Workers' Comp Basics FAQs
If you suffer injuries at work or develop a work-related illness in Georgia, there is a good chance that you are covered by our state's workers' compensation system.
Workers’ compensation is admittedly somewhat complex, so this page is designed to answer some of the most frequently asked questions (FAQs) about this issue. Anybody harmed in any workplace accident should contact an Atlanta workers’ compensation lawyer. If you suffered serious injuries on the job in Georgia, you do not have to handle your situation all by yourself. Parsons & Associates, P.C., will work closely with you throughout the entire process so you can be confident that you are getting all the help you need to move in the right direction.
Our firm will conduct an independent investigation into the circumstances surrounding your injury and make sure that you are fully compensated for all of your losses. We invite you to call us today or contact us online for a free consultation that will let us review your case and outline how we can help.
Workers’ compensation is a state-mandated accident insurance program paid by an employer in accordance with Chapter 9 of Title 34 of the Official Code of Georgia Annotated. The program can provide you with medical, rehabilitation, and income benefits when you suffer injuries on the job.
Benefits will be provided to help you return to work, and benefits can also be provided to your dependents should you die as a result of a job-related injury. Employers must buy a workers’ compensation insurance policy when they have more than three full-time employees.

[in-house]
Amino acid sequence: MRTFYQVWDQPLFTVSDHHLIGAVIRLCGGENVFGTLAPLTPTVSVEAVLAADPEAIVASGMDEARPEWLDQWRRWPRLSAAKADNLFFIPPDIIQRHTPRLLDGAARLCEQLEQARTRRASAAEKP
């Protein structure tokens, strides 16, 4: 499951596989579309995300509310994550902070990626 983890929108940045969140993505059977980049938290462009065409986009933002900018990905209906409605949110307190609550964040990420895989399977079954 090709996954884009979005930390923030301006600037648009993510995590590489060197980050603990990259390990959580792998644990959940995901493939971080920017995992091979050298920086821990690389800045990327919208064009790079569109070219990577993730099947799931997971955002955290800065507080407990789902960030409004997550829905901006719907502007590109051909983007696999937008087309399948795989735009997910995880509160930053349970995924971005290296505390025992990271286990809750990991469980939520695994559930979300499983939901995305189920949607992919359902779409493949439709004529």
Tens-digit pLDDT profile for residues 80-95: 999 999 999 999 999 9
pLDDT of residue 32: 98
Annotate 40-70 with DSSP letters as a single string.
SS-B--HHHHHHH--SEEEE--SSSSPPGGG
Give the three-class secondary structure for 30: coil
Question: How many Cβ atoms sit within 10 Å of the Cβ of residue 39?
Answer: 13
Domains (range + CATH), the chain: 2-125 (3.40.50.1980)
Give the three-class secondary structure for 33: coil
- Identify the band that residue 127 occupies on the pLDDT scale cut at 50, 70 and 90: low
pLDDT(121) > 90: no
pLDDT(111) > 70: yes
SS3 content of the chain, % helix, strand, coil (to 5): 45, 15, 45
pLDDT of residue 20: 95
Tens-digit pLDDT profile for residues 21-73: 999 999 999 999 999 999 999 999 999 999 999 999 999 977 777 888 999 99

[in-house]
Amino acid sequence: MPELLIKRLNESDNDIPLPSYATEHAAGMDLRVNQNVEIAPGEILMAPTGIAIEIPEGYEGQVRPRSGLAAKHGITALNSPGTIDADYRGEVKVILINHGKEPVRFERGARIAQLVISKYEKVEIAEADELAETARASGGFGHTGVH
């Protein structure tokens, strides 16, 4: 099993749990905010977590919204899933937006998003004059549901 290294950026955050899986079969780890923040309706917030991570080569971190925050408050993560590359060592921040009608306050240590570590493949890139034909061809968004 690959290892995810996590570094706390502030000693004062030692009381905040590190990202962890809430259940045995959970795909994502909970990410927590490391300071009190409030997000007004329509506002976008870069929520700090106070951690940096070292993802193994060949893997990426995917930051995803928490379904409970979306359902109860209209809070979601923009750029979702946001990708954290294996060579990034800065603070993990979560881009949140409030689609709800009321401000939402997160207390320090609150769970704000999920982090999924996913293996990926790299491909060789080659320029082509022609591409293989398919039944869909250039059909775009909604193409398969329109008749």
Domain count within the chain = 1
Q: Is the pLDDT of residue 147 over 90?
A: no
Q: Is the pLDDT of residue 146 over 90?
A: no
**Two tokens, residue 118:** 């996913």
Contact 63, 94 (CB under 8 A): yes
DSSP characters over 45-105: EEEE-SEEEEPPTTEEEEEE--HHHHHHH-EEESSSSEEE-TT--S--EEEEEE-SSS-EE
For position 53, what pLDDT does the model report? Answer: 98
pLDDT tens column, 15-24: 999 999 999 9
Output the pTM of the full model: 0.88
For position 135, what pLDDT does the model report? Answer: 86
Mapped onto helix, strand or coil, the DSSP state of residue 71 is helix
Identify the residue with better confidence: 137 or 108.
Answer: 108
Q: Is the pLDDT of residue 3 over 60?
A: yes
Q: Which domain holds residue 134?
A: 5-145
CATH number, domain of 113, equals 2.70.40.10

The insurance policy covers you if you are hurt at work and guarantees that your bills and costs will be covered so you can get the medical help you need after a workplace accident. It also ensures that you can support yourself and your family should your injury make it impossible for you to work or to return to the job you had before you were injured.
When you are hurt at work, you should report any injury to your employer as soon as possible. The employer must fill out a report of the injury and provide notification to their insurance company and the State Board of Workers’ Compensation (SBWC).
You should make sure your employer fills out the report and then ask them to give you a copy of it. When your claim happens to be denied, things may become far more complicated. The best way to ensure that you get the benefits you deserve after a workplace accident is to retain an Atlanta workers’ compensation lawyer as soon as you can.
Your first income benefits should get paid to you 21 days after you report your injury to your employer, and after that, you should be paid weekly income benefits unless the SBWC authorizes a different schedule. Your benefits may be paid by cash, check, electronic funds transfer, or some other method agreed upon by both you and your employer.